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Soaring property prices trigger record 14,000 challenges to wills in a year as a rise in divorces and remarriage leads to disputes between ‘modern families’
- The number of challenges rose from 11,735 in 2014 to 14,167 in 2015
- Many now tailor their wills to favour one child ahead of another
- Rising property prices give beneficiaries ‘a larger pot to fight over’
Available at: http://www.dailymail.co.uk/news/article-4392152/Record-14-000-wills-year-challenged-house-prices-rise.html#ixzz4djoVoNI1 By Chris Gysin For The Daily Mail Published: 23:34, 7 April 2017 | Updated: 01:35, 8 April 2017
The headline implies that the increase in property prices is responsible for challenges to wills and linked to an increase in divorce and remarriage. However, using their figures gives an increase of 2432 will challenges in one year – 14,167 subtract 11,735. Which equates to 202 per month. We do not know if these figures are over a full year, or just part of a year. The headline also implies that 14,000 is a whole new number for the year. There is no comparison between the increase in any other years. There is no mention of where the figures come from, no link to any report, no mention of what area they are targeting – who the population are or what age group.
Cause, correlation or coincidence? There is no evidence correlating the increase in property prices with the increase in will challenges – nowhere in the article does it even mention property prices. Therefore, it is likely to be a coincidence – property prices in certain areas generally do increase over time as do divorce rates and will challenges. Since we do not know the target area or have any in depth figures, we cannot make any correlations with the hypothesis thus can conclude that property prices do not cause will challenges or divorce as implied.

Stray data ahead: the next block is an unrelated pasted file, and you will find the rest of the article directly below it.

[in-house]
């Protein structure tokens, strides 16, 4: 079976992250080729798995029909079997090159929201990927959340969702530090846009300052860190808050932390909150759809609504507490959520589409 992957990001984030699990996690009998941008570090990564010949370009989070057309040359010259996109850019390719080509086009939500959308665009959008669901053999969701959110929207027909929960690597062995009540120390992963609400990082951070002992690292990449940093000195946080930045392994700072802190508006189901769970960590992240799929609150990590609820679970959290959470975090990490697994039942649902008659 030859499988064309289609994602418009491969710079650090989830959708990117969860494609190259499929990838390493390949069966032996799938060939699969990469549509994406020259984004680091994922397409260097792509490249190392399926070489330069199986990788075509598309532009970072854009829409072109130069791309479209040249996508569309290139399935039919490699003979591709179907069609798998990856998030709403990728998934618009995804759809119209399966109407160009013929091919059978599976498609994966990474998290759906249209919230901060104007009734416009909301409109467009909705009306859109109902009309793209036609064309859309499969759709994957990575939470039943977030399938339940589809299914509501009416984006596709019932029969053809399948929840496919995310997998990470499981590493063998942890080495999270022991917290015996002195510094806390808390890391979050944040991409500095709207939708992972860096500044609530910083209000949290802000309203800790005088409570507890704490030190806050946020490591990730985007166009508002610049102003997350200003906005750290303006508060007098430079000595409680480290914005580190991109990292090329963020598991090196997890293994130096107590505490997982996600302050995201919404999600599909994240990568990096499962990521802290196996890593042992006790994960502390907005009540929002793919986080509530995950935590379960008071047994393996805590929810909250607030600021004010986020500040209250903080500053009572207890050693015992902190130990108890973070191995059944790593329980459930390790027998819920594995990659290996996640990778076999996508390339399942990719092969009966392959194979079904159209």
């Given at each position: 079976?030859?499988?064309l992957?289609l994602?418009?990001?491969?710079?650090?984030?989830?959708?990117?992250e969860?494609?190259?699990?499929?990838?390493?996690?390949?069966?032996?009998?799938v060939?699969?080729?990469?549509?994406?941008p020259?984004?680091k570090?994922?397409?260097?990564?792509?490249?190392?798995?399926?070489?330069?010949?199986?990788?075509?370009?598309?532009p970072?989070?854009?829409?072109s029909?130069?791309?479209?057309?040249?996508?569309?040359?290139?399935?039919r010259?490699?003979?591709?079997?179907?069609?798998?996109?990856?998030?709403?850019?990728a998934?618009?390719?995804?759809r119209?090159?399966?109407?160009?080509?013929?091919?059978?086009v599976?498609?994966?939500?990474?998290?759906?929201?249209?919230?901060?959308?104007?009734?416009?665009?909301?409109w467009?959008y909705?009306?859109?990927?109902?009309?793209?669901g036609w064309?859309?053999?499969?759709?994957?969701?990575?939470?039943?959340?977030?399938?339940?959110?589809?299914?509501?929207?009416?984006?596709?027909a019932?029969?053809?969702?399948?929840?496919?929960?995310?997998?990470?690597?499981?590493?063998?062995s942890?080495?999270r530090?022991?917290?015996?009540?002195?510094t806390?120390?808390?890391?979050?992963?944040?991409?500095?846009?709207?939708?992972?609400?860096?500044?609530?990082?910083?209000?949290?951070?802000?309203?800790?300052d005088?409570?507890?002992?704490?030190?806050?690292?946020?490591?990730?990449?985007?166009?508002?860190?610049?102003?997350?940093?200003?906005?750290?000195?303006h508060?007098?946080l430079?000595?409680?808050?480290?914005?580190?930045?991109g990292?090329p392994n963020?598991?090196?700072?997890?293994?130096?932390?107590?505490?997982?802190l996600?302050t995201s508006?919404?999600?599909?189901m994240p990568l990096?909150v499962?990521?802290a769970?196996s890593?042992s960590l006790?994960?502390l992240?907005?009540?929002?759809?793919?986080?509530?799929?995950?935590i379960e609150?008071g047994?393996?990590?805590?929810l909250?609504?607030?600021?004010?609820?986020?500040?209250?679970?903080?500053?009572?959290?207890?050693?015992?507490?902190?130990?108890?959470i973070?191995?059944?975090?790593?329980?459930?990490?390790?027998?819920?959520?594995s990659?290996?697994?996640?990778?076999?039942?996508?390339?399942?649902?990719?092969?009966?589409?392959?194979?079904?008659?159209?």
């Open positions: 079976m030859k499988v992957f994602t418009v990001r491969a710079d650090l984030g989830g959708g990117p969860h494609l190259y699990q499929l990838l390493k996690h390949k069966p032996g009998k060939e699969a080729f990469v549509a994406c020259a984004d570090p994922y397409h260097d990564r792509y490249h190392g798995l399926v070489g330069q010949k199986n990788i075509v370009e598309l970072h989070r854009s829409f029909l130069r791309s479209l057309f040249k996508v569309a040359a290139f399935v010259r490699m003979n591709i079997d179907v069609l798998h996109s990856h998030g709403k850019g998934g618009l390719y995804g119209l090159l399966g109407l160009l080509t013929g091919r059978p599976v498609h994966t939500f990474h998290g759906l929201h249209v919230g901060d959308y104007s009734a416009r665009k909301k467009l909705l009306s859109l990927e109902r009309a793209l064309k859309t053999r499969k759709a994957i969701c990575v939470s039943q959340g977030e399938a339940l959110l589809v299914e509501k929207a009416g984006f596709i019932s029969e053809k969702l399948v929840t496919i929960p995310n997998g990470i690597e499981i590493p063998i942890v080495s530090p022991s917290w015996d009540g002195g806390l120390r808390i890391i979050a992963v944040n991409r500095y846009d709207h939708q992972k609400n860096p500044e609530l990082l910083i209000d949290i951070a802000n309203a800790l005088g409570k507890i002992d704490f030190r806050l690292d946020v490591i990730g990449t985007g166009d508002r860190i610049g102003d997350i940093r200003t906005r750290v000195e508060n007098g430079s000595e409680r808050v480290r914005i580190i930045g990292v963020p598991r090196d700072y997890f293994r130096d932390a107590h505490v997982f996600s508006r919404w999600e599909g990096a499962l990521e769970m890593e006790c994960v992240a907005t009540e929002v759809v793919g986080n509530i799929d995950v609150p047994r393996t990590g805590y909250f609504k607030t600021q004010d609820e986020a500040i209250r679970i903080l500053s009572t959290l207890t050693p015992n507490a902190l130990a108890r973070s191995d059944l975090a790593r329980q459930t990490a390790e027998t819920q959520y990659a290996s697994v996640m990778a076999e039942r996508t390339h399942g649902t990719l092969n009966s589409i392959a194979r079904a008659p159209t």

The article appears to be written from the perspective of two fairly high profile lawyers (based on viewing their websites), therefore it is biased as to their opinions and records. They would not be representative of the population as a whole. Overall, the article feels more like an advertising campaign, using fear, to try to persuade people in a divorce situation to use a respectable lawyer otherwise they are going to lose money or property. There is mention of children being favoured and/or missing out on what they are entitled to. Two high profile cases are mentioned – the Beatles and the magician, Paul Daniels, whilst these figures may be relevant for a few people, for the vast majority of the public, they are completely unrealistic and irrelevant.
A new headline could read:
“With an increase in will challenges and contest over property, lawyers urge families to use their services to avoid missing out on what is rightfully theirs.”